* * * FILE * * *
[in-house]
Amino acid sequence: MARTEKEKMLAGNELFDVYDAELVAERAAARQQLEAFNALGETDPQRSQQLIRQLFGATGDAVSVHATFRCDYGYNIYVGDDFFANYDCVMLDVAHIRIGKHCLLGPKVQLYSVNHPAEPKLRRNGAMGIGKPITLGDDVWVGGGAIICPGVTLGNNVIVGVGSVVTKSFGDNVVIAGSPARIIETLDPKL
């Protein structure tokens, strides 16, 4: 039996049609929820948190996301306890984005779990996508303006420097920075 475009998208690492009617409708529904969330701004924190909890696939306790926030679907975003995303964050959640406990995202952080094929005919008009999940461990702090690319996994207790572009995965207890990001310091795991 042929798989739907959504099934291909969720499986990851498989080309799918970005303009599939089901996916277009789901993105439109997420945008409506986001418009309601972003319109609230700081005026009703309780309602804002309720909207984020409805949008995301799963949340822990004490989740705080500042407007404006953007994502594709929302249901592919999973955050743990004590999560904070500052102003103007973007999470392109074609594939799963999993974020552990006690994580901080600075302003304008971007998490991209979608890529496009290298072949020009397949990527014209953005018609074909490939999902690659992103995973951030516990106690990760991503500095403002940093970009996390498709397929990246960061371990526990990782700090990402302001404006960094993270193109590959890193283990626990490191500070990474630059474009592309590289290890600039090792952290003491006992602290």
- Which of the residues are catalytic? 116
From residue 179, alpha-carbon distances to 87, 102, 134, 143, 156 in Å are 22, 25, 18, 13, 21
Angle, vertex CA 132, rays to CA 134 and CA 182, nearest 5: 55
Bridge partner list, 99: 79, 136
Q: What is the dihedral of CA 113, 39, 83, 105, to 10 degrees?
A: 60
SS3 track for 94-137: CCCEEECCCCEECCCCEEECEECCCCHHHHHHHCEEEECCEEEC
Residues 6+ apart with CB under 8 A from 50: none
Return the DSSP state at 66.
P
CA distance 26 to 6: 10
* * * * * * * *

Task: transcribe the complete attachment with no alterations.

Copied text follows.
[in-house]
Amino acid sequence: MARTEKEKMLAGNELFDVYDAELVAERAAARQQLEAFNALGETDPQRSQQLIRQLFGATGDAVSVHATFRCDYGYNIYVGDDFFANYDCVMLDVAHIRIGKHCLLGPKVQLYSVNHPAEPKLRRNGAMGIGKPITLGDDVWVGGGAIICPGVTLGNNVIVGVGSVVTKSFGDNVVIAGSPARIIETLDPKL
């Protein structure tokens, strides 16, 4: 039996049609929820948190996301306890984005779990996508303006420097920075 475009998208690492009617409708529904969330701004924190909890696939306790926030679907975003995303964050959640406990995202952080094929005919008009999940461990702090690319996994207790572009995965207890990001310091795991 042929798989739907959504099934291909969720499986990851498989080309799918970005303009599939089901996916277009789901993105439109997420945008409506986001418009309601972003319109609230700081005026009703309780309602804002309720909207984020409805949008995301799963949340822990004490989740705080500042407007404006953007994502594709929302249901592919999973955050743990004590999560904070500052102003103007973007999470392109074609594939799963999993974020552990006690994580901080600075302003304008971007998490991209979608890529496009290298072949020009397949990527014209953005018609074909490939999902690659992103995973951030516990106690990760991503500095403002940093970009996390498709397929990246960061371990526990990782700090990402302001404006960094993270193109590959890193283990626990490191500070990474630059474009592309590289290890600039090792952290003491006992602290």
- Which of the residues are catalytic? 116
From residue 179, alpha-carbon distances to 87, 102, 134, 143, 156 in Å are 22, 25, 18, 13, 21
Angle, vertex CA 132, rays to CA 134 and CA 182, nearest 5: 55
Bridge partner list, 99: 79, 136
Q: What is the dihedral of CA 113, 39, 83, 105, to 10 degrees?
A: 60
SS3 track for 94-137: CCCEEECCCCEECCCCEEECEECCCCHHHHHHHCEEEECCEEEC
Residues 6+ apart with CB under 8 A from 50: none
Return the DSSP state at 66.
P
CA distance 26 to 6: 10